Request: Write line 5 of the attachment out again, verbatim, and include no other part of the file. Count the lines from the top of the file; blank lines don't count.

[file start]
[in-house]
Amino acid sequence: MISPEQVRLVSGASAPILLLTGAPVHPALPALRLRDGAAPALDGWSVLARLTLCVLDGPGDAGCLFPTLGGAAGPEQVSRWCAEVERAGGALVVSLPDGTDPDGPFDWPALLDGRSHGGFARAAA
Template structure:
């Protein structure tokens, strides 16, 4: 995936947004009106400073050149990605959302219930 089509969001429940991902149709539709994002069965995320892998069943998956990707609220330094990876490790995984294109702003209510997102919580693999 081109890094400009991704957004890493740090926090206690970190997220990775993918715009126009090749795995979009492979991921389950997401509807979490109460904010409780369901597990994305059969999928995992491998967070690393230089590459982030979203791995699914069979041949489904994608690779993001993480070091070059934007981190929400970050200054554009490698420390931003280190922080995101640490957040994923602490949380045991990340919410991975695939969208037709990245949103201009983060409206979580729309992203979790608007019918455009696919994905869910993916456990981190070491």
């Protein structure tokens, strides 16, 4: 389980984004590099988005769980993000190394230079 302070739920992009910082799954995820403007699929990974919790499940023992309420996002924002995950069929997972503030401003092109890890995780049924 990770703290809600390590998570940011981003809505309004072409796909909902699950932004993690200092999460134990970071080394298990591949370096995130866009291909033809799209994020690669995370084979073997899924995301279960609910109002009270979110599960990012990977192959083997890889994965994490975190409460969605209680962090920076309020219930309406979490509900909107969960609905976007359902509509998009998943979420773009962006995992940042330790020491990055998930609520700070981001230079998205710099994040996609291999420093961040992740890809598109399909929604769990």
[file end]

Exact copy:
């Protein structure tokens, strides 16, 4: 389980984004590099988005769980993000190394230079 302070739920992009910082799954995820403007699929990974919790499940023992309420996002924002995950069929997972503030401003092109890890995780049924 990770703290809600390590998570940011981003809505309004072409796909909902699950932004993690200092999460134990970071080394298990591949370096995130866009291909033809799209994020690669995370084979073997899924995301279960609910109002009270979110599960990012990977192959083997890889994965994490975190409460969605209680962090920076309020219930309406979490509900909107969960609905976007359902509509998009998943979420773009962006995992940042330790020491990055998930609520700070981001230079998205710099994040996609291999420093961040992740890809598109399909929604769990």